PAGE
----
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Complimentary dégustations through Saturday at:

Aux Caves d’Aligre
3, place d’Aligre
12th
Tél: 01 43 43 34 26

Related Posts and Places in the Vicinity


Blé Sucré: The Best Madeleines in Paris

Two Delicious Dining Guides to Paris

le Verre Volé

Bazin

Le Rubis Wine Bar

Racines

O-Château

Sunday Dining in Paris

French Menu Translation

le Quignon: Bazin Bakery

Americans often wonder how French people some know we’re American before we even say one word. It used to be our sneakers; they were the dead giveaway. Nowadays, wearing sneakers, or les baskets, is as French as carrying a baguette.

The other way they can tell us-from-them is that Americans tend to smile. A lot. We are a rather happy tribe. And Americans tend to eat and drink while walking (or while driving, which I’ve explained to some of my French friends, but they look at me in disbelief). Even though in Paris it’s becoming a bit more common, it’s still unusual to see someone chowing down while walking on the street or in the métro. It’s just not done and people will definitely give you funny looks if you’re – say, cramming a Pierre Hermé pastry into your face while sitting on a sidewalk bench. Or shoving a sublime, cream-filled éclair au chocolat from La Maison du Chocolat into your mouth, trying to make sure not one precious drop of bittersweet chocolate pastry cream lands anywhere but in your tummy.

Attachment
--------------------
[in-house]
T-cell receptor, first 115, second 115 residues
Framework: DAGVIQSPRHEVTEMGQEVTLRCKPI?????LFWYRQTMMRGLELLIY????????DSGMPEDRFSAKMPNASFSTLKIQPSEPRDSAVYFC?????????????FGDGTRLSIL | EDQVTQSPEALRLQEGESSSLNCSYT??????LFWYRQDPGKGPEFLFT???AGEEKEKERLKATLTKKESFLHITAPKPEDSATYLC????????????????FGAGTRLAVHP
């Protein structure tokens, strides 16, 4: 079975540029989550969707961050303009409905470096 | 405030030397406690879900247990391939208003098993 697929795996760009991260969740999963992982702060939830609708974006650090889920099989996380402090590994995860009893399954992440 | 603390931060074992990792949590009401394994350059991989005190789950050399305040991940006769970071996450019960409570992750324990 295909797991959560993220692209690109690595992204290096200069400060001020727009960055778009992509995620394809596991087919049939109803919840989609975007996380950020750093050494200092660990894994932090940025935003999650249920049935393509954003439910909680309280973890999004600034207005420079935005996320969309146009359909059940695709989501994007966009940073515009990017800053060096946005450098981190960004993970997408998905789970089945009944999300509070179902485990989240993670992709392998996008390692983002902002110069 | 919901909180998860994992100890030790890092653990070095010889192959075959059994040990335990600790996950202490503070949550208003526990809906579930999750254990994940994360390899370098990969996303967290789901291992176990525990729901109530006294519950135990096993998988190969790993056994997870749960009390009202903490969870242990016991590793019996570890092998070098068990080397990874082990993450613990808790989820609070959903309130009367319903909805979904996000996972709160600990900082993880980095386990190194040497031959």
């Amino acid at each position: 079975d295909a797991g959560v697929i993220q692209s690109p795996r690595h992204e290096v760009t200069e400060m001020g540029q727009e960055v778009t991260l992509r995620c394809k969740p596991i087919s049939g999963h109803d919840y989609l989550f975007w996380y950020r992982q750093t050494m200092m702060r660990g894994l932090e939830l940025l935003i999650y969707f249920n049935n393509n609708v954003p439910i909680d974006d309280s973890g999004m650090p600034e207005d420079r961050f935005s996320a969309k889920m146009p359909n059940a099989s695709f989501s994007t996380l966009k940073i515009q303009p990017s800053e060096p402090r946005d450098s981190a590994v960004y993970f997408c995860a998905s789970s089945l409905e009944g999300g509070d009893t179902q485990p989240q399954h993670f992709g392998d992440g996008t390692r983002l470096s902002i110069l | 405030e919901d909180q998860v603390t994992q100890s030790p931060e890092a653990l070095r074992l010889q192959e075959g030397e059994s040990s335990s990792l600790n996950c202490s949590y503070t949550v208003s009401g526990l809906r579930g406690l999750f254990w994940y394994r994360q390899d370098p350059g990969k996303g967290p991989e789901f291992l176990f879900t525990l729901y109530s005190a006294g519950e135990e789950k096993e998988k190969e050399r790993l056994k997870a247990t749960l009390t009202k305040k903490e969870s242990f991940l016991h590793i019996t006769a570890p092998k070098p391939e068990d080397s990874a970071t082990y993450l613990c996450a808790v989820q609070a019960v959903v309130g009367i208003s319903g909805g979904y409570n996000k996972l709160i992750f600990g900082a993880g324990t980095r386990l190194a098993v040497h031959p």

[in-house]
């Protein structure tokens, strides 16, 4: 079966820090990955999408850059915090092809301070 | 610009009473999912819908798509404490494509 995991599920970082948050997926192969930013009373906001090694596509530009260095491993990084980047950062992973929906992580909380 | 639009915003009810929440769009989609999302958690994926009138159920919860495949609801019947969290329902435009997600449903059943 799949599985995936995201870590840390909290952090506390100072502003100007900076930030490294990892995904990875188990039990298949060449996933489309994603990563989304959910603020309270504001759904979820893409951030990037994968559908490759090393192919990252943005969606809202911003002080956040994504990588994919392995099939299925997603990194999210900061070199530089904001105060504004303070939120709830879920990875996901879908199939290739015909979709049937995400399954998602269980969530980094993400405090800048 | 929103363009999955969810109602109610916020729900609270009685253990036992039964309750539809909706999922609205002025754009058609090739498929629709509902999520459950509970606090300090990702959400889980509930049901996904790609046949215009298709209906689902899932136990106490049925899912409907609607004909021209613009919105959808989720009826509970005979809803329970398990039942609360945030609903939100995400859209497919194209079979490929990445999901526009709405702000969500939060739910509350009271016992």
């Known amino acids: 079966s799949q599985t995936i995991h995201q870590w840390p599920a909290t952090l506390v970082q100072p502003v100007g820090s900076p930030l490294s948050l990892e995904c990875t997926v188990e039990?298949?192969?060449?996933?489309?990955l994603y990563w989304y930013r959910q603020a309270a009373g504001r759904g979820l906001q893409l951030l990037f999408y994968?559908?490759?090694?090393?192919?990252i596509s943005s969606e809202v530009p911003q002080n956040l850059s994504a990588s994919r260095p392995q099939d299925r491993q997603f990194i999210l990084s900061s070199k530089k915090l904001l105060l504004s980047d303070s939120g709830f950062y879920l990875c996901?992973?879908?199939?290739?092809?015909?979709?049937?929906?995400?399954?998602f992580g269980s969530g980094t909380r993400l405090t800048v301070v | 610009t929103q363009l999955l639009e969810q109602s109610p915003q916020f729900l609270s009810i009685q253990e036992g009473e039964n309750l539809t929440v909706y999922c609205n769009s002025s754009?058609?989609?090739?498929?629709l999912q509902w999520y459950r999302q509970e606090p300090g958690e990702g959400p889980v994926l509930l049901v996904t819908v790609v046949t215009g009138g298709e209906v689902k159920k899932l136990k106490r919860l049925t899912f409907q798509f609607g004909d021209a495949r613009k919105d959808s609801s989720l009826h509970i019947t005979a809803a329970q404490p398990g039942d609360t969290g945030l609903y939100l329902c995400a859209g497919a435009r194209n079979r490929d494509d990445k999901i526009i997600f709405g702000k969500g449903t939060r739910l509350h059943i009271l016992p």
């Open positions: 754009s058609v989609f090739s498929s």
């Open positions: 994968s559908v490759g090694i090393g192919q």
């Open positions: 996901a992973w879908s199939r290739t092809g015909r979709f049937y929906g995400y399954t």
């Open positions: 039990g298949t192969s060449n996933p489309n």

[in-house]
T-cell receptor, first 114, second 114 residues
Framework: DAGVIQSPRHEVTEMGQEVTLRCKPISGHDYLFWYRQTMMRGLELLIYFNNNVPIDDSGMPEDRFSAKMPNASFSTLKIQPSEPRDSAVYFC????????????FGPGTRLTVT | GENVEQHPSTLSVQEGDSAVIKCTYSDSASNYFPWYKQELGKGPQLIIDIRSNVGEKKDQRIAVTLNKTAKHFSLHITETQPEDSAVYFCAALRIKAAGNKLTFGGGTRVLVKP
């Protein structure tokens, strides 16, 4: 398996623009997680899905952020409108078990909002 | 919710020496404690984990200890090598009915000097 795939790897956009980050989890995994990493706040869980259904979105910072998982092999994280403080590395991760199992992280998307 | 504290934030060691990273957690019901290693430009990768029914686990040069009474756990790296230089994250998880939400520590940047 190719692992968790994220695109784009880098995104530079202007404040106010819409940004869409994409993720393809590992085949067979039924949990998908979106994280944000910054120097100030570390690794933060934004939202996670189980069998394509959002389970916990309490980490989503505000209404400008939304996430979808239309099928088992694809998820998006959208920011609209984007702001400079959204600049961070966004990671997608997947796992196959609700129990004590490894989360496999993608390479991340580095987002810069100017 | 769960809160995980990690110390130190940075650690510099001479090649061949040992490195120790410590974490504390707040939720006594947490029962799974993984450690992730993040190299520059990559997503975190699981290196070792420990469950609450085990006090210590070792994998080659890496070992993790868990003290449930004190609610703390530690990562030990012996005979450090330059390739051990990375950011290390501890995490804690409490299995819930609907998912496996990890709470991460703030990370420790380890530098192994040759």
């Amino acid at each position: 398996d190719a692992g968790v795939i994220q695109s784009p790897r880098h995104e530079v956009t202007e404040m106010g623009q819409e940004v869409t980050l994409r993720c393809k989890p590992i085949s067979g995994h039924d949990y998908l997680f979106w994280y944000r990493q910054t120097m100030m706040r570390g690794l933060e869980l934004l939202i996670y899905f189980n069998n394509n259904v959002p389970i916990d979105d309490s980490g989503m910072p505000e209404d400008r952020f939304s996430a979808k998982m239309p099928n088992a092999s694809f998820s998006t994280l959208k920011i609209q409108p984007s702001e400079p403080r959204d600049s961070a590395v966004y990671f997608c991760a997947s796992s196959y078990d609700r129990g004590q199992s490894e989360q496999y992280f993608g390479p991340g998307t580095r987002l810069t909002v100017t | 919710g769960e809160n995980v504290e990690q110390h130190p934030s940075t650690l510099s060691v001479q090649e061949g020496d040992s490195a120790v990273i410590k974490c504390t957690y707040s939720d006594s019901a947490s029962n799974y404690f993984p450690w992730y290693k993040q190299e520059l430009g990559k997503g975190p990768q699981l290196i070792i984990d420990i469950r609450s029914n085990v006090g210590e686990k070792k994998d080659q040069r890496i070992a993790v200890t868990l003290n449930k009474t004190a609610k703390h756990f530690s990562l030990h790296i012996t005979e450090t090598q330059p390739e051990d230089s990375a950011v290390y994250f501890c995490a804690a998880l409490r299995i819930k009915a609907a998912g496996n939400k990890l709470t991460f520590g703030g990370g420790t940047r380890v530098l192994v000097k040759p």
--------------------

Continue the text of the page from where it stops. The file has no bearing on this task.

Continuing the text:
But one little nugget of Parisian tradition still amuses me every time I see it. It’s the yank, twist, and pull of le quignon.

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You’ll see it 99% of the time someone leaves a bakery with a freshly-baked baguette. The moment they exit, they grab the crackly knob at the end of the loaf, le quignon, and yank it off. It’s a quick twist and snap, then it gets popped right it into their mouth as they hurry on their way. I tend to think of it as an instant, on-the-spot, quality-control check.

I usually end up with a mess of flour on my dark overcoat, since one of my favorite breads in Paris, le Bazinette, has a fine dusting of flour on it’s crackly crust, and permeating all the little brittle crevasses. If you’re lucky enough to get to Bazin early in the day, a favorite baguette of mine is available with a hearty mixture of grains; flax, sesame, and poppy seeds.

The one shown above is their baguette de tradition, a hand-shaped baguette, slightly sour from the addition of un peu de levain, natural sourdough starter, which gives the bread a hearty, earthy character and allows it to remain fresher longer than the usual 4-hour lifespan of a regular baguette.

Bazin

Bazin is one of the prettiest bakeries in Paris too, overlooking what I am sure is the smallest (and most unnecessary) traffic rotary in the city. In order to get a Bazinette with grains, you need to get to the bakery early in the day, since they always seem to sell them out quickly.

Bazin
85, bis rue de Charenton
Métro: Ledru-Rollin
Tel: 01 43 07 75 21
(Closed Wednesday and Thursday)